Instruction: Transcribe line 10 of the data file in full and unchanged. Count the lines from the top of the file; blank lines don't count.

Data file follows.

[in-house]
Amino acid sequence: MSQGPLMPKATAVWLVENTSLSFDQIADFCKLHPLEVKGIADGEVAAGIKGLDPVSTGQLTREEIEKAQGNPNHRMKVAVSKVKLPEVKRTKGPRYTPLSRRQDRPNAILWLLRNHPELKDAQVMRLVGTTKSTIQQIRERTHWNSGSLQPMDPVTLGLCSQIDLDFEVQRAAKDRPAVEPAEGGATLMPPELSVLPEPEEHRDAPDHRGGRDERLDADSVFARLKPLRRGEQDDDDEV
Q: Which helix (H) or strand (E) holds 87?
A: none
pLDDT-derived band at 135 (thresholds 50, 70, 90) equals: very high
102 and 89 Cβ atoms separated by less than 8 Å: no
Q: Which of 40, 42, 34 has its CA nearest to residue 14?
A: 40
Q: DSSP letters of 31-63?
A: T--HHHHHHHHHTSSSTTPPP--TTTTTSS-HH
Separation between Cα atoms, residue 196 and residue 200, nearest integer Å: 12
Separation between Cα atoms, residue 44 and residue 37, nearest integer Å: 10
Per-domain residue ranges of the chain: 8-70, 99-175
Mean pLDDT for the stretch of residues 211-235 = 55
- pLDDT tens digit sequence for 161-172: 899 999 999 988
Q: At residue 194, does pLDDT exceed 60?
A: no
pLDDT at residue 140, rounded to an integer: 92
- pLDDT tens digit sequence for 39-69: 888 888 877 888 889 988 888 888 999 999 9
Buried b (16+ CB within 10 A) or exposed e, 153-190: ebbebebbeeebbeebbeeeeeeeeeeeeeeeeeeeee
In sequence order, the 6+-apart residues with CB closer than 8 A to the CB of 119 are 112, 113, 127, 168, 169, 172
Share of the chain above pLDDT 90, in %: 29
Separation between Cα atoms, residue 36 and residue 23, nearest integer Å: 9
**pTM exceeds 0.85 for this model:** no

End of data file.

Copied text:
A: T--HHHHHHHHHTSSSTTPPP--TTTTTSS-HH